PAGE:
We can give up and divide a large print into small pieces, to be joined later. This method is only valid if we then carry out a painting, or in any case a rather high post-production once the model has been glued. So will we only print small objects? No, we’re not giving up!
Here are some small tips to follow to eliminate, or at least contain as much as possible the deformation in 3D prints due to temperature.
Let’s start by saying that we will have to act simultaneously both on the software and hardware side (with small physical devices).
Obviously it will be up to us and our experience to give a proportionate response to the danger of delamination and warping. It will be excessive to insert an important Raft for the printing of a 2×2 cube even if in ABS. Just as it will be too optimistic a simple Brim by half a centimeter on a 20×20 print. Experience is the only good counselor.
Software: Preparing the model
Using the most appropriate print settings for the situation is the crux of the matter.
There are a few simple rules but they must be followed to the letter.
Deformation reduction: Nozzle Temperature
The nozzle temperature, especially when printing a large model, must be kept 10°/20° higher than the recommended temperature. If we are printing a large model before the nozzle passes through the same spot, it will take a long time. This time will allow the extruded plastic to cool down well, whatever the extrusion temperature. Extrusion that is warmer than necessary will help to join the various layers more firmly.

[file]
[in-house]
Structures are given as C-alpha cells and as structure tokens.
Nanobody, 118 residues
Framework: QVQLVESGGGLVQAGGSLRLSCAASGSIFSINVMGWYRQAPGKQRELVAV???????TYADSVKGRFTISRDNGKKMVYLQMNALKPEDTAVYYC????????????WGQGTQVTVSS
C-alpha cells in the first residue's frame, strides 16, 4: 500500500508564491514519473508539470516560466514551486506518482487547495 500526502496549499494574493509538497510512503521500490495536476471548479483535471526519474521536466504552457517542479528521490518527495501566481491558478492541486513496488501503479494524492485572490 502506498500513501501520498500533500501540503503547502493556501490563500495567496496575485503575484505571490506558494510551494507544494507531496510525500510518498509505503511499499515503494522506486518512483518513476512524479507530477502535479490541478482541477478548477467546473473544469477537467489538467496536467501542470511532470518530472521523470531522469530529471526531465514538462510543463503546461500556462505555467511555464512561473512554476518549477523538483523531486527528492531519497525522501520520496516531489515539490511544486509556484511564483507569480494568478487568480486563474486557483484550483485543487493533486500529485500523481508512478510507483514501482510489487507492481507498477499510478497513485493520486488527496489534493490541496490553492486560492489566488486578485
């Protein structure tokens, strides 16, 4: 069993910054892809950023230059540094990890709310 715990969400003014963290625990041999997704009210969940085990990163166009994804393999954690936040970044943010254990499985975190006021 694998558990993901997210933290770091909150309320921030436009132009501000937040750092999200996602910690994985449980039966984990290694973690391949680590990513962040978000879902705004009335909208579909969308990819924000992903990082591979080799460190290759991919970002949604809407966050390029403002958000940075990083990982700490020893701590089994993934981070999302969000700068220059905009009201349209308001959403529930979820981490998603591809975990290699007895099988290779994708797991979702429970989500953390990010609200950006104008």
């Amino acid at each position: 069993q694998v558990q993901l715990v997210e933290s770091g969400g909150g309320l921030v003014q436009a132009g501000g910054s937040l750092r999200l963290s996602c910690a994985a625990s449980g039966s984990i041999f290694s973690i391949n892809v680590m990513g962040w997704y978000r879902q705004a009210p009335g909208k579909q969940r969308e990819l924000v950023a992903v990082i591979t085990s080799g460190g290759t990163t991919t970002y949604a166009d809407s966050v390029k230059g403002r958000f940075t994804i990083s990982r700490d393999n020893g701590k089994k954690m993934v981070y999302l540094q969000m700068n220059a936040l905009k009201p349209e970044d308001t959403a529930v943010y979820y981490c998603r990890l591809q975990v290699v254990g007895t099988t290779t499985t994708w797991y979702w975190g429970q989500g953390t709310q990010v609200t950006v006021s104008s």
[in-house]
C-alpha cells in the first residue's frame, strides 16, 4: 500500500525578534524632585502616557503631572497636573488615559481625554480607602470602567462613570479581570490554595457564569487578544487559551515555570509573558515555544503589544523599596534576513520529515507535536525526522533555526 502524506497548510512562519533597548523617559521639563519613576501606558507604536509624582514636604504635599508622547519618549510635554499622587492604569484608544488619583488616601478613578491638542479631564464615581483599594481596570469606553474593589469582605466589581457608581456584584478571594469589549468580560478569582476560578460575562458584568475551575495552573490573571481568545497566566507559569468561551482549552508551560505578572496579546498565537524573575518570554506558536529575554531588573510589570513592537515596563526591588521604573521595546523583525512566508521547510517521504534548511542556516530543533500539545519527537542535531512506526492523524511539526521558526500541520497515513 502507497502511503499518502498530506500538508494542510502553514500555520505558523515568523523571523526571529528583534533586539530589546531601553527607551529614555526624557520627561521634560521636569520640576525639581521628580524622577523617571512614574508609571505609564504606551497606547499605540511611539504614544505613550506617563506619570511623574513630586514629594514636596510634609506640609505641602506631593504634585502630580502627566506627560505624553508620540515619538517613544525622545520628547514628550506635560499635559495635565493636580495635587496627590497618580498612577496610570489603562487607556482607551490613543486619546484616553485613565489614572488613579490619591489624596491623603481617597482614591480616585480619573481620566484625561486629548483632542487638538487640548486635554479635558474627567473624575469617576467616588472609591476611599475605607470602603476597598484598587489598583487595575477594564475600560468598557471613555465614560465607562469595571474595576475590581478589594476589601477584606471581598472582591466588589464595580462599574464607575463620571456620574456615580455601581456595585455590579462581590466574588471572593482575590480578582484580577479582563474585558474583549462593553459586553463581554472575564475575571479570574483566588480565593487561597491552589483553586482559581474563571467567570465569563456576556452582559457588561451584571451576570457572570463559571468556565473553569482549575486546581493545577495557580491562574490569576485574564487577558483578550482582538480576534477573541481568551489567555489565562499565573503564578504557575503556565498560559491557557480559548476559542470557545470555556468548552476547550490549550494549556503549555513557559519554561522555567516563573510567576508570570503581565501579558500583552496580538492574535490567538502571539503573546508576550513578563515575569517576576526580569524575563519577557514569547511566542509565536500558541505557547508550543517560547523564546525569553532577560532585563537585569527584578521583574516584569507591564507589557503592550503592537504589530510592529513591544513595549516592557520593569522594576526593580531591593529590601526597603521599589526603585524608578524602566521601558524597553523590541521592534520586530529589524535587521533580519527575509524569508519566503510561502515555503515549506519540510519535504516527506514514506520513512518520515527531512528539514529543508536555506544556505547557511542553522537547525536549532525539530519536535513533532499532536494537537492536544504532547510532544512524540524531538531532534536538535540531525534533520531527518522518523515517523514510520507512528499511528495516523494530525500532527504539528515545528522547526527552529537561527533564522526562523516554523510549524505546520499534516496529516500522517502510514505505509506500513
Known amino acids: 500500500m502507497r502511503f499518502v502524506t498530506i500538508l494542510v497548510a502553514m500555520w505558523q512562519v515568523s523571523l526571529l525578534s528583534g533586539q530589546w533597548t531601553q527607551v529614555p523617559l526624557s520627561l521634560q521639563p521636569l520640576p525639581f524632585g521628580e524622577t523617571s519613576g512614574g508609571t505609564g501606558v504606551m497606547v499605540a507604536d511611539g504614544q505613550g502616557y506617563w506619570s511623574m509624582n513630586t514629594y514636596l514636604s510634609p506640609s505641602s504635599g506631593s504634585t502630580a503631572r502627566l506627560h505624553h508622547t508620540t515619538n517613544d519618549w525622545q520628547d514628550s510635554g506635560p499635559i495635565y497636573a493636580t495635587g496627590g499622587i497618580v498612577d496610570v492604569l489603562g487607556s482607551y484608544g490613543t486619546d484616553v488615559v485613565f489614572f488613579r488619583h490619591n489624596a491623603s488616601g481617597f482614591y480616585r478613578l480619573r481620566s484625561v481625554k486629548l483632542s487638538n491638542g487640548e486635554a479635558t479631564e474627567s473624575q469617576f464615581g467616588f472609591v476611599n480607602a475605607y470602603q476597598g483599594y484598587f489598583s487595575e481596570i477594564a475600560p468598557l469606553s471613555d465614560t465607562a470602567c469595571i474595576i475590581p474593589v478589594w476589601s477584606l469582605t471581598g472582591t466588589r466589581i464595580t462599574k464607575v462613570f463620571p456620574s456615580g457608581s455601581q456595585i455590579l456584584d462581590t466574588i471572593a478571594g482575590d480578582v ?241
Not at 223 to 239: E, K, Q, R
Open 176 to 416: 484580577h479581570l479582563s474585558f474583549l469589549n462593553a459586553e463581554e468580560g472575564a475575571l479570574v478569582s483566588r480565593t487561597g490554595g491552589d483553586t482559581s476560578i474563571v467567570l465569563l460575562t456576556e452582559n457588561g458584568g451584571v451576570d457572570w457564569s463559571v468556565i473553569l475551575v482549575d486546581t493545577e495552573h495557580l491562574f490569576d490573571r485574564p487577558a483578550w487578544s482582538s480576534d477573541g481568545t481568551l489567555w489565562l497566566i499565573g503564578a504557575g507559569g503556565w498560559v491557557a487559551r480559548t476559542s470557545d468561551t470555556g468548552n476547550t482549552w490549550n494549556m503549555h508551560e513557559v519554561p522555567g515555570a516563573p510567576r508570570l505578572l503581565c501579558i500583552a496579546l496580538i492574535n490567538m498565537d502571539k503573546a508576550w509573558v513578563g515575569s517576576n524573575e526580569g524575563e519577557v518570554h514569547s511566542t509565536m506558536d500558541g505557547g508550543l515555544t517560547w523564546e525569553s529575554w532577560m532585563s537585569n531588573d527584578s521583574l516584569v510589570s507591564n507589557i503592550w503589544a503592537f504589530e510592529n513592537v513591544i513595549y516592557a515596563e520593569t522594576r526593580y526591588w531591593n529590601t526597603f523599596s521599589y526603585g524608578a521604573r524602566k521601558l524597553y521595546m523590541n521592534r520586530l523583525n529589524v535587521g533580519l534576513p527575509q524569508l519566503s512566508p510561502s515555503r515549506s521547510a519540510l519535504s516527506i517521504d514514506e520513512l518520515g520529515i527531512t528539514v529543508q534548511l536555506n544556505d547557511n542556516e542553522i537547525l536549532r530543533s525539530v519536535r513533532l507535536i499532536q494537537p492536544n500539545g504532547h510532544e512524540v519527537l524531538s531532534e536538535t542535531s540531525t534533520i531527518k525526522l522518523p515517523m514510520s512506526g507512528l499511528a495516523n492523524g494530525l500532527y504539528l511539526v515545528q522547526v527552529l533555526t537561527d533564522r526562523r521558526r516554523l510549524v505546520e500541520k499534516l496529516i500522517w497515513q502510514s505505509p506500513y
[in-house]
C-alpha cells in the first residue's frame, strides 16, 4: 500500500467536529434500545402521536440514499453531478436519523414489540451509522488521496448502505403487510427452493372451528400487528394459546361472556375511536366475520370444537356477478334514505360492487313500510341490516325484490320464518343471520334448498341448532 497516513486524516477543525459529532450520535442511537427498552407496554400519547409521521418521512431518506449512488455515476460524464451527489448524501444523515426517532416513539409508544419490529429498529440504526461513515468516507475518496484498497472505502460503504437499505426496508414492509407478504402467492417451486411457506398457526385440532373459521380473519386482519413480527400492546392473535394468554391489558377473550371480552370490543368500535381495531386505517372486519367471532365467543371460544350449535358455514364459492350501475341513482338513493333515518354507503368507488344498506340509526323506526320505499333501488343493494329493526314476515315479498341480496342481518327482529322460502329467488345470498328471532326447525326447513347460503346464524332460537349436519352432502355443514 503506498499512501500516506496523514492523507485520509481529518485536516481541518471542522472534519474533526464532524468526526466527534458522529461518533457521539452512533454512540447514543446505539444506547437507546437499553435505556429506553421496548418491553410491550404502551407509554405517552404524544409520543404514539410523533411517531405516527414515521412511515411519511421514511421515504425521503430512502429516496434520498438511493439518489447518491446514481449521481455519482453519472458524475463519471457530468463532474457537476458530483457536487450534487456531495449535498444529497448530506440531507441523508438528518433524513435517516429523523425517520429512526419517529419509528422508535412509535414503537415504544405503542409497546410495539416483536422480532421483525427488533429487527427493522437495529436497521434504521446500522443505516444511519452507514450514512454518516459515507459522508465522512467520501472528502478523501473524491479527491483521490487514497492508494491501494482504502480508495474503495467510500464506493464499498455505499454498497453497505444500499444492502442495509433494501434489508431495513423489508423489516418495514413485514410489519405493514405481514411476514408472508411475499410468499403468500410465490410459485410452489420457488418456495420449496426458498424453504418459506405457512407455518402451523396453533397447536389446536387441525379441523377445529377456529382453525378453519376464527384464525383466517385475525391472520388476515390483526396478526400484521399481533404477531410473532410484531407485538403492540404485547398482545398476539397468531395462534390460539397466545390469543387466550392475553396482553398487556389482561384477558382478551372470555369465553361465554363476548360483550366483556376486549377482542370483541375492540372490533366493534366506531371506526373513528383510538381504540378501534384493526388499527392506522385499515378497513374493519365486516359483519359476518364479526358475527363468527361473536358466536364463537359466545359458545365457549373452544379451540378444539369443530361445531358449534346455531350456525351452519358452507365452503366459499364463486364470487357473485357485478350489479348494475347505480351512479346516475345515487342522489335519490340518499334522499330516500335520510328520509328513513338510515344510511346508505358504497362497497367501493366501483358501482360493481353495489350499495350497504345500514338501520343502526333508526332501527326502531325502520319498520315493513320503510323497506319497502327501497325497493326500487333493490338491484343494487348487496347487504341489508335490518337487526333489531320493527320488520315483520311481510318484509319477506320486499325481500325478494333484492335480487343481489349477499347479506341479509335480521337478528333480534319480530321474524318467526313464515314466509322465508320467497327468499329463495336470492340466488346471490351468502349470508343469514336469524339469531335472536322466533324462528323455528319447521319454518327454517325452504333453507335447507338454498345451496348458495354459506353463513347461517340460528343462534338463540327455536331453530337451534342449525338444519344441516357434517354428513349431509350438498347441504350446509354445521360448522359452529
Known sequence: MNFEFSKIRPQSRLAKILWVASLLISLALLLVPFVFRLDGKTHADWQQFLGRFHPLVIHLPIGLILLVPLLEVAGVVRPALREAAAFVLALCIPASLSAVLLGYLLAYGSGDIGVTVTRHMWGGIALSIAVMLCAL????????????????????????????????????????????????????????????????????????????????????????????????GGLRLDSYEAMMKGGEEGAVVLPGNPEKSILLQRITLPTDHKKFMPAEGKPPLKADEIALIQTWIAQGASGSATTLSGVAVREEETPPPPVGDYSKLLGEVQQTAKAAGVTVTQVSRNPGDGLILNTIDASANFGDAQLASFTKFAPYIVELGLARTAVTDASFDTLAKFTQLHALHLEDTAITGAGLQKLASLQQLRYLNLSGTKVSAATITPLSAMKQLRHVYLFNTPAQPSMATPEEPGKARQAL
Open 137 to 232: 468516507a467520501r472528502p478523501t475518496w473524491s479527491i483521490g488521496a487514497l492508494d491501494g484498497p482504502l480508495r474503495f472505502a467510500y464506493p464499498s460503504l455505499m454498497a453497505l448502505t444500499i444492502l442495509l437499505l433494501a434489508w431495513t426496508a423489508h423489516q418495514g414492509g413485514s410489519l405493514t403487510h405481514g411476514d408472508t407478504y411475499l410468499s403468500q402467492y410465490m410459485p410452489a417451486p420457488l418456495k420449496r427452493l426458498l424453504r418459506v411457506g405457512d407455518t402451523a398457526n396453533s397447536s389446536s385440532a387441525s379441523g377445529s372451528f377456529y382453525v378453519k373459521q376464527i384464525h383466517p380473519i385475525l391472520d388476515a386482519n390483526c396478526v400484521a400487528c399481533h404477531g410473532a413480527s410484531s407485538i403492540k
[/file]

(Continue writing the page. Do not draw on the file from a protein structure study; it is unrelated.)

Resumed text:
Deformation reduction: Bed Temperature
Also in this case the temperature of the top should be kept as warm as possible, or at least until you notice the phenomena of “Elephant foot”. Normally this phenomenon can be noticed with plates at more than 70° printing PLA and derivatives, and at more than 110° with other materials. A temperature of just over 100° constant could be the trump card.
Deformation reduction: Filling
A good idea, in some ways against intuitive is to minimize the material used. The tensile forces that lead to deformation are the stronger the more material they affect, a less dense model is also easier to “hold in place”. This also applies to walls, of course. But in this case, let’s remember that the walls also retain the structural strength of our model, so they must be proportionate to the size. However, it is always recommended to set walls larger than one millimeter and a multiple value of the size of the nozzle.